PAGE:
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Childhood heroes

india Updated: Nov 23, 2008 00:19 IST
Soumya Bhattacharya

No man is a hero to his wife (colleagues, domestic help, landlord, oh, go ahead, choose who you want, find the bloke you are definitively not a hero to), but he can be a hero to his small child.

It’s such a thrilling thing. We all need our self-esteem, don’t we?

Well, I can speak for myself at least. Here comes the high point of my week, an experience more pleasurable than — and this is saying a lot — watching India wallop England at the cricket; re-reading Ernest Hemingway’s A Moveable Feast; listening to the Kings of Leon; and watching again Francois Truffaut’s Jules et Jim.

Oishi, our seven-year-old daughter, was given a form at school for an interschool elocution championship. She was asked to, in preparation for the tournament, write a paragraph on — now get this — her favourite star. Presumably, she’d have to later mug up those lines and read them out.

Now I know how expensive newsprint is, and I know it will seem dangerously schmaltzy and downright idiotic to quote, unedited, from the writing of a seven-year-old but, well, this is that sort of column, you see. And if you’ve been following it, and if you enjoy it (your emails suggest that some of you do), you’ll know exactly why I am doing this.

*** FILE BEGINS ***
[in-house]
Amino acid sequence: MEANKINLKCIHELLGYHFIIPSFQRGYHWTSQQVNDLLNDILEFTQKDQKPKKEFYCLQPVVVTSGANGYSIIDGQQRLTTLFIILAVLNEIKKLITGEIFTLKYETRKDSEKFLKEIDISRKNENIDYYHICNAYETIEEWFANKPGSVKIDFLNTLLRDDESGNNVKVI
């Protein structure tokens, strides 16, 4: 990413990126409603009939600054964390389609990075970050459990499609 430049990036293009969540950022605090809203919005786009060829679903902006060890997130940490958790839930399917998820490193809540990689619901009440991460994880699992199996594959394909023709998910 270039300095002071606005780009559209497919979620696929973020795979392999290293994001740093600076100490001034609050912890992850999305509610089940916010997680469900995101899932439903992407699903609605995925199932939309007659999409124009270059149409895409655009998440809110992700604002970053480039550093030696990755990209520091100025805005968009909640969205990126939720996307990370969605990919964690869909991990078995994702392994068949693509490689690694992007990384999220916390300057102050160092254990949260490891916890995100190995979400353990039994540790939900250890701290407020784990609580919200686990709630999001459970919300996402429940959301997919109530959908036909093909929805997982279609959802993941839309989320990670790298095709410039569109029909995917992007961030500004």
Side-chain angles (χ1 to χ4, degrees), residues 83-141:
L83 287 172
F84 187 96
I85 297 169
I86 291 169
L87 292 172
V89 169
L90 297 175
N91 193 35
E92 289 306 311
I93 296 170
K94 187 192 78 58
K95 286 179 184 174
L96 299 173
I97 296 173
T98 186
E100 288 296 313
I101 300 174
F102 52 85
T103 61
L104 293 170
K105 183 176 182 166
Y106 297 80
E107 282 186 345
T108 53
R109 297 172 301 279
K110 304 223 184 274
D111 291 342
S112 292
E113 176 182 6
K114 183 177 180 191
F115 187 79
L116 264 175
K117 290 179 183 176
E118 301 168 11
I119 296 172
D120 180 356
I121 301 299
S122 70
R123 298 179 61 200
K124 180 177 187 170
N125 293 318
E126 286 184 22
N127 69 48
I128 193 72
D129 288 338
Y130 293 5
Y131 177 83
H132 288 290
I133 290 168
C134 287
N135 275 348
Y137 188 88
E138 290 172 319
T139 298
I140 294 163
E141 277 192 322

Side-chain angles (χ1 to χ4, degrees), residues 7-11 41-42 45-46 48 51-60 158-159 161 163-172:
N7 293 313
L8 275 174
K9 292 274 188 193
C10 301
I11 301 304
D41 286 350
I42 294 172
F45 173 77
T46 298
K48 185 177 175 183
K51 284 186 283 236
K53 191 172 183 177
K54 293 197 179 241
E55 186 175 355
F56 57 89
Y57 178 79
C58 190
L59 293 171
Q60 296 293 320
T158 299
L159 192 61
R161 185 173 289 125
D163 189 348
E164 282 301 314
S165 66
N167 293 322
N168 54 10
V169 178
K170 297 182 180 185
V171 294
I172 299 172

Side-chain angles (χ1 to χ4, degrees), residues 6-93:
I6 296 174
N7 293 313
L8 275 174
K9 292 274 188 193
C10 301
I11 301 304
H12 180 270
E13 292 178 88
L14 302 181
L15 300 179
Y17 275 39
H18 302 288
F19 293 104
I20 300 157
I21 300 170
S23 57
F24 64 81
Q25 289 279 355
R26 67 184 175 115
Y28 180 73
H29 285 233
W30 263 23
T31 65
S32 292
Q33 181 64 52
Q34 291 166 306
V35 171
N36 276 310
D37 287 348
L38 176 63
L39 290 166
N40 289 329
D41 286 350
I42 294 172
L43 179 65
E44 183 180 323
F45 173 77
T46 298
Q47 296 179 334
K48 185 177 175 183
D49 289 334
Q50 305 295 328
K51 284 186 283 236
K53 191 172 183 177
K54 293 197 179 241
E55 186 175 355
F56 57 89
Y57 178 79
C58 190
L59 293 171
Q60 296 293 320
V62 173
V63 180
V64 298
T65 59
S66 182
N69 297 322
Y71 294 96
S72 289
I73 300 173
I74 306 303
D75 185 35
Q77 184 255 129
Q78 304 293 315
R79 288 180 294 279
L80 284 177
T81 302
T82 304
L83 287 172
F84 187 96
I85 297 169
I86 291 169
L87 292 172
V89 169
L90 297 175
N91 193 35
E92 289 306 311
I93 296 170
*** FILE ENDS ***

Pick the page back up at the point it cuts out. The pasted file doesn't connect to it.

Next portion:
So. This is what she wrote:

“My father works very hard. He writes books. He is an author. He is a journalist. He works the whole day and daily. He is tired when he comes back from office. Poor man. He tries hard for me. I love him.”

Now if your girl wrote that mini-biography of yours, especially when she’d been asked to write about her favourite star (sorry, I simply cannot get over that), what would you feel like?

See what I mean?

The chances are that something like this has already happened to you, or will at some point. Because when I went around the office, discreetly examining the soft boards of colleagues who are parents, I found that a lot of them had tacked up things their children had made for them or drawn for them or written for them (including assertions of love).

One of my colleagues had a large drawing, an elaborate birthday card, really, that called him the “greatest dad in the world”. I don’t know how many of his colleagues would be quite as generous (colleagues never are, are they?), but that is the point.

We become heroes to our small children for reasons we find hard to fathom ourselves, but are immensely flattered by. It could be because they need us more in those years when their worlds are still largely defined by us, and they don’t know too many truly heroic people.

It could be because they confuse the notion of someone who is a hero (a star) with that of someone they love — and know loves them.

Whatever it is, it won’t last long. So cherish it while it does. I know I do, and shall.